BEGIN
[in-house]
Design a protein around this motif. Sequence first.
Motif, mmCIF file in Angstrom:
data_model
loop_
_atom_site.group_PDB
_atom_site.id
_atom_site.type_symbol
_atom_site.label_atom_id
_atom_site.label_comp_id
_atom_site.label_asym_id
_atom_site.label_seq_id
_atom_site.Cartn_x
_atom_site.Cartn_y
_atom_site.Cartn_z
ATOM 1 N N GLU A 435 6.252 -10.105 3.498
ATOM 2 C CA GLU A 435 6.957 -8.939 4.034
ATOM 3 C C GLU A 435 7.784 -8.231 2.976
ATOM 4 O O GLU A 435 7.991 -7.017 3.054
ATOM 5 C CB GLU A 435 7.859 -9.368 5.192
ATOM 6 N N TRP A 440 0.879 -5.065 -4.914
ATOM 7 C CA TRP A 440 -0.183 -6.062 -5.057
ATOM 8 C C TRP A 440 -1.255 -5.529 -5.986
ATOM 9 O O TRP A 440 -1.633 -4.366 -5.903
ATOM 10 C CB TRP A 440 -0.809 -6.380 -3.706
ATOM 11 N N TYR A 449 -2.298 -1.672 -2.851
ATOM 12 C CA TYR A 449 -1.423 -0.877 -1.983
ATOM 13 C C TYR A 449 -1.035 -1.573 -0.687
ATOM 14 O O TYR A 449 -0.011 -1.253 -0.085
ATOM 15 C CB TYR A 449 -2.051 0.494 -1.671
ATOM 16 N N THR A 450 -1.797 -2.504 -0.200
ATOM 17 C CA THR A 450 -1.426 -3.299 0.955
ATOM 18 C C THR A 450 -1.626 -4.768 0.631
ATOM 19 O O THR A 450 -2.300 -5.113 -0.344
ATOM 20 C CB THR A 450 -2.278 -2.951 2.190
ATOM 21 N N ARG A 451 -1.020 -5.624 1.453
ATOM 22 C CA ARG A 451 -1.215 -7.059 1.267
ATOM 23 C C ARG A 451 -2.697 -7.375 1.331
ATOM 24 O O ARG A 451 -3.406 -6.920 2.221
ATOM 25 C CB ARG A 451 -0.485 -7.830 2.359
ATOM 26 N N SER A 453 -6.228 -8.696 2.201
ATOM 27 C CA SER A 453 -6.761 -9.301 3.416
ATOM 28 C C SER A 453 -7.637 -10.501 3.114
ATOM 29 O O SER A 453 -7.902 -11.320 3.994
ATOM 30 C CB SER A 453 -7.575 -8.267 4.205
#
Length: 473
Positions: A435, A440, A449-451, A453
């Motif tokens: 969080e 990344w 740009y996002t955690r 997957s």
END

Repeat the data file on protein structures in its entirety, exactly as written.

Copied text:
[in-house]
Design a protein around this motif. Sequence first.
Motif, mmCIF file in Angstrom:
data_model
loop_
_atom_site.group_PDB
_atom_site.id
_atom_site.type_symbol
_atom_site.label_atom_id
_atom_site.label_comp_id
_atom_site.label_asym_id
_atom_site.label_seq_id
_atom_site.Cartn_x
_atom_site.Cartn_y
_atom_site.Cartn_z
ATOM 1 N N GLU A 435 6.252 -10.105 3.498
ATOM 2 C CA GLU A 435 6.957 -8.939 4.034
ATOM 3 C C GLU A 435 7.784 -8.231 2.976
ATOM 4 O O GLU A 435 7.991 -7.017 3.054
ATOM 5 C CB GLU A 435 7.859 -9.368 5.192
ATOM 6 N N TRP A 440 0.879 -5.065 -4.914
ATOM 7 C CA TRP A 440 -0.183 -6.062 -5.057
ATOM 8 C C TRP A 440 -1.255 -5.529 -5.986
ATOM 9 O O TRP A 440 -1.633 -4.366 -5.903
ATOM 10 C CB TRP A 440 -0.809 -6.380 -3.706
ATOM 11 N N TYR A 449 -2.298 -1.672 -2.851
ATOM 12 C CA TYR A 449 -1.423 -0.877 -1.983
ATOM 13 C C TYR A 449 -1.035 -1.573 -0.687
ATOM 14 O O TYR A 449 -0.011 -1.253 -0.085
ATOM 15 C CB TYR A 449 -2.051 0.494 -1.671
ATOM 16 N N THR A 450 -1.797 -2.504 -0.200
ATOM 17 C CA THR A 450 -1.426 -3.299 0.955
ATOM 18 C C THR A 450 -1.626 -4.768 0.631
ATOM 19 O O THR A 450 -2.300 -5.113 -0.344
ATOM 20 C CB THR A 450 -2.278 -2.951 2.190
ATOM 21 N N ARG A 451 -1.020 -5.624 1.453
ATOM 22 C CA ARG A 451 -1.215 -7.059 1.267
ATOM 23 C C ARG A 451 -2.697 -7.375 1.331
ATOM 24 O O ARG A 451 -3.406 -6.920 2.221
ATOM 25 C CB ARG A 451 -0.485 -7.830 2.359
ATOM 26 N N SER A 453 -6.228 -8.696 2.201
ATOM 27 C CA SER A 453 -6.761 -9.301 3.416
ATOM 28 C C SER A 453 -7.637 -10.501 3.114
ATOM 29 O O SER A 453 -7.902 -11.320 3.994
ATOM 30 C CB SER A 453 -7.575 -8.267 4.205
#
Length: 473
Positions: A435, A440, A449-451, A453
């Motif tokens: 969080e 990344w 740009y996002t955690r 997957s």